Gems of wisdom passed down by our beloved Prophet, chosen by Afia R Fitriati.

(Image: Fotolia)
(Image: Fotolia)

If Prophet Muhammad (peace be upon him) were born in this era, he could well adopt a new age title: life coach, holistic healer or wellness guru. After all, even though he lived in the sixth and seventh centuries, his life practices – known as the sunnah – remain a relevant guide to a healthy physical, mental and spiritual life.

Diet fads come and go, but the following principles, as exemplified and embodied by the Messenger of God (pbuh) himself, may live on as wellness philosophies for any generation.

Appreciation of food and drink boosts overall health

A number of hadith explain the Prophet’s (pbuh) etiquette of eating: he started with a “bismillah” (“in the name of God”), shared the food even if there was only a little of it, did not utter a complaint about the food and was appreciative of every morsel. Hadith about the etiquette of drinking are equally elaborate. Even if plain water was all he had, the Messenger of God (pbuh) advised his followers to avoid drinking directly from the container or blowing into it (presumably to maintain its cleanliness for others), breathe between gulps and praise God at the end.i

More than just a prescriptive set of procedures, these guidelines as put forth in the sunnah teach us to appreciate our food and drink as blessings from the Beneficent. In a hadith qudsi attributed to the Prophet (pbuh), God reportedly says:

“O My slaves, all of you are hungry except the one whom I feed, so ask food from Me, I will feed you.”ii

Through realising and remembering that our daily sustenance arrives at our table only by God’s grace, we will approach our food with humility and gratitude. As it turns out, there are great health benefits linked to gratitude; a number of studies suggest that grateful people have better health and immune systems overall.iii

A healthy heart is the foundation of wellbeing

Yet gratitude is not the only psychological trait that appears to benefit our health. Many studies have suggested that a positive mental attitudeiv also has a direct effect on our overall wellbeing.

Centuries before modern science discovered this connection between mental and bodily health, our Prophet (pbuh) reportedly said, “Truly in the body there is a morsel of flesh, which, if it be whole, all the body is whole, and which, if it is diseased, all of [the body] is diseased. Truly, it is the heart.”v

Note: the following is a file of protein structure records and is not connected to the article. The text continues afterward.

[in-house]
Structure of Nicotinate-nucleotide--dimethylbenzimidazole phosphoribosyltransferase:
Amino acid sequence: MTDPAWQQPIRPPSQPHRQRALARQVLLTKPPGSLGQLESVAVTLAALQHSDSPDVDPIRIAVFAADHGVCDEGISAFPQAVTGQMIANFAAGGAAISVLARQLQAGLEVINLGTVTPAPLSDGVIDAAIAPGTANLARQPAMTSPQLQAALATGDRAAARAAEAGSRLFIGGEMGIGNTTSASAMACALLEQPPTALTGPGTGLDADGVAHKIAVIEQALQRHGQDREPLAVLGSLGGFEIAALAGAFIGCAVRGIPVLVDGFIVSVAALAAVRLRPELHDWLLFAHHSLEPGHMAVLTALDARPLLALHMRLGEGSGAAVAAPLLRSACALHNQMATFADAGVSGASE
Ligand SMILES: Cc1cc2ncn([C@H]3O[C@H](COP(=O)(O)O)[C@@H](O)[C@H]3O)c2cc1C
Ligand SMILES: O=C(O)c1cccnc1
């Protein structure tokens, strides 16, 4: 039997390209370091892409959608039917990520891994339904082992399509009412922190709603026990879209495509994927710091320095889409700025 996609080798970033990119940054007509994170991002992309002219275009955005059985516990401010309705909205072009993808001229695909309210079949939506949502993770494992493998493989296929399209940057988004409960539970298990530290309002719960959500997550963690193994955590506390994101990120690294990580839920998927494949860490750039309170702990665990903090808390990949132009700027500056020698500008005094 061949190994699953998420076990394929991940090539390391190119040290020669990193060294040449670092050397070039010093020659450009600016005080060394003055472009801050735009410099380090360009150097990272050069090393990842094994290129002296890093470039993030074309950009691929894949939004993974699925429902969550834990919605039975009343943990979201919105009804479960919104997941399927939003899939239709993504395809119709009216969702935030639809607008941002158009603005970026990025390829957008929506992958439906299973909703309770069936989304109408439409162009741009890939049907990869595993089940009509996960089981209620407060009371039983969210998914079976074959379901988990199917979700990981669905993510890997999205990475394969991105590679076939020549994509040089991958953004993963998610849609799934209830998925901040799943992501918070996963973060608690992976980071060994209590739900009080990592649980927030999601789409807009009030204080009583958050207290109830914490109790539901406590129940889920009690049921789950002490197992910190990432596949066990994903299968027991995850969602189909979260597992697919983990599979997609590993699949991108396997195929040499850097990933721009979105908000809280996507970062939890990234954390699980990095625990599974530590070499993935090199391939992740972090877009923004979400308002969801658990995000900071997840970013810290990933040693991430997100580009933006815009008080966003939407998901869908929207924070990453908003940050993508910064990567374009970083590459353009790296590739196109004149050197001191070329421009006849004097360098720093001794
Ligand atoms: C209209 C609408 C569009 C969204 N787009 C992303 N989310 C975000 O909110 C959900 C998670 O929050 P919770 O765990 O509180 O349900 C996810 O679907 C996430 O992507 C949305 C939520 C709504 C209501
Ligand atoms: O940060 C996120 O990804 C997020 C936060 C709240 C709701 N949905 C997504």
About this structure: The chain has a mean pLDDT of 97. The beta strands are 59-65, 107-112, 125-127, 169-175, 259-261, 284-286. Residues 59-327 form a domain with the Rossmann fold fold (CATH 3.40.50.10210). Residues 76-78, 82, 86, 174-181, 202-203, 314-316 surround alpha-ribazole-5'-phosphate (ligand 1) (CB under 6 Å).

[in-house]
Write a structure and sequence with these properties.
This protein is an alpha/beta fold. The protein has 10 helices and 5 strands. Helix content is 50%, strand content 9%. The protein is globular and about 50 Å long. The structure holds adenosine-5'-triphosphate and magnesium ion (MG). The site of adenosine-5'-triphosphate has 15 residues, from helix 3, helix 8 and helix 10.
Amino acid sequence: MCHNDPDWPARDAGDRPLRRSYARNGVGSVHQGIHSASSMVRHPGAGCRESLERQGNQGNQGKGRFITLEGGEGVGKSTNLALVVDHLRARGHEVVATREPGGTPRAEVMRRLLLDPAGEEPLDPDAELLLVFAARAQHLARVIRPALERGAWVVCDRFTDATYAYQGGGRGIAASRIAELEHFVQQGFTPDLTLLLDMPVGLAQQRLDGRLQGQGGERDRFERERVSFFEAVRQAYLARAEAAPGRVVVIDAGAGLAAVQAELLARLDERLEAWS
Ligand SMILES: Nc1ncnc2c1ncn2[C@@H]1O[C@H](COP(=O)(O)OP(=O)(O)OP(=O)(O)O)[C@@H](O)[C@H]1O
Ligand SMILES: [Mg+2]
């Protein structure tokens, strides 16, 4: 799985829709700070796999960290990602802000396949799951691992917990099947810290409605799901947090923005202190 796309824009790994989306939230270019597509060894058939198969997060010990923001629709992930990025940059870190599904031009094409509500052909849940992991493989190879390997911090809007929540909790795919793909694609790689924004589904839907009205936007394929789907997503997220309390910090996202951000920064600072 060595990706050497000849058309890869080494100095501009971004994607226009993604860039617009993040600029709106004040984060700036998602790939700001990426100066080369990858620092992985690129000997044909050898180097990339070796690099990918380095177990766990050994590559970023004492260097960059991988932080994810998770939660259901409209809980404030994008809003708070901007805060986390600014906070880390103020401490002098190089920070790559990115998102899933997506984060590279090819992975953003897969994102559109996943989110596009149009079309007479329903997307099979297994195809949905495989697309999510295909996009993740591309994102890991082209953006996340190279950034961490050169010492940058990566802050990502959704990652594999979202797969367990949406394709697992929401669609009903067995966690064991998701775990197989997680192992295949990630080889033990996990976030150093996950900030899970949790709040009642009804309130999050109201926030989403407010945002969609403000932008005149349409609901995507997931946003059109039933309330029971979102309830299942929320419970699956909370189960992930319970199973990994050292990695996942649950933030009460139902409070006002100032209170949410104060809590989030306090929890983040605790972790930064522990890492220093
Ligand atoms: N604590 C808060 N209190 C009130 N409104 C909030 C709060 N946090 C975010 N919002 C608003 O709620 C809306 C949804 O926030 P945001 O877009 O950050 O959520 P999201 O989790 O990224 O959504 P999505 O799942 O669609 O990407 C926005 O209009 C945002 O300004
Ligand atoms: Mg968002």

So while we watch our calorie intake, exercise or juice our way to health, let us also remember that the root of our wellbeing lies in our humble heart.

Moderation as a rule of thumb

Every year sees health food trends come and go. Last year, green tea was a “miracle” food; today it is chia seeds. Accordingly, over time, I watch my family members jumping on and off various dieting bandwagons – from the Dr Phil diet to food combining.

With so much information available out there, it can indeed be confusing to decide which health regimen to follow. So when information overload strikes, let us remember what the Qur’an says about this topic:

“Eat from the good things with which We have provided you and do not transgress therein, lest My anger should descend upon you. And he upon whom My anger descends has certainly fallen” (20:81).

In more practical terms, the Prophet (pbuh) advised us to avoid overeating and eat only enough morsels to keep ourselves

In other words, while we can try new initiatives for the sake of our health, moderation is recommended. So whether we are trying to shed weight on a steady diet of carrot juice or simply trying to stay well by practising pilates, let us remember not to go overboard. After all, too much of a good thing is not a good thing.



i Narrated by Umar bin Abu Salamah, in Riyad as-Salihin, available here

ii Narrated by Abu Dharr, in Riyad as-Salihin, available here

iii See for example, studies linking gratitude and health cited here and here

iv Charles Carver et al., ‘How coping mediates the effect of optimism on distress: A study of women with early stage breast cancer.’ Journal of Personality and Social Psychology, 65(2), Aug 1993, 375-390.

v Narrated by an-Nu’man ibn Basheer, in 40 Hadith Nawawi, available here

vi Narrated by Miqdad bin Ma’dikarib, in Riyad as-Salihin, available here


Written by Afia R. Fitriati

Taken from Aquila Style


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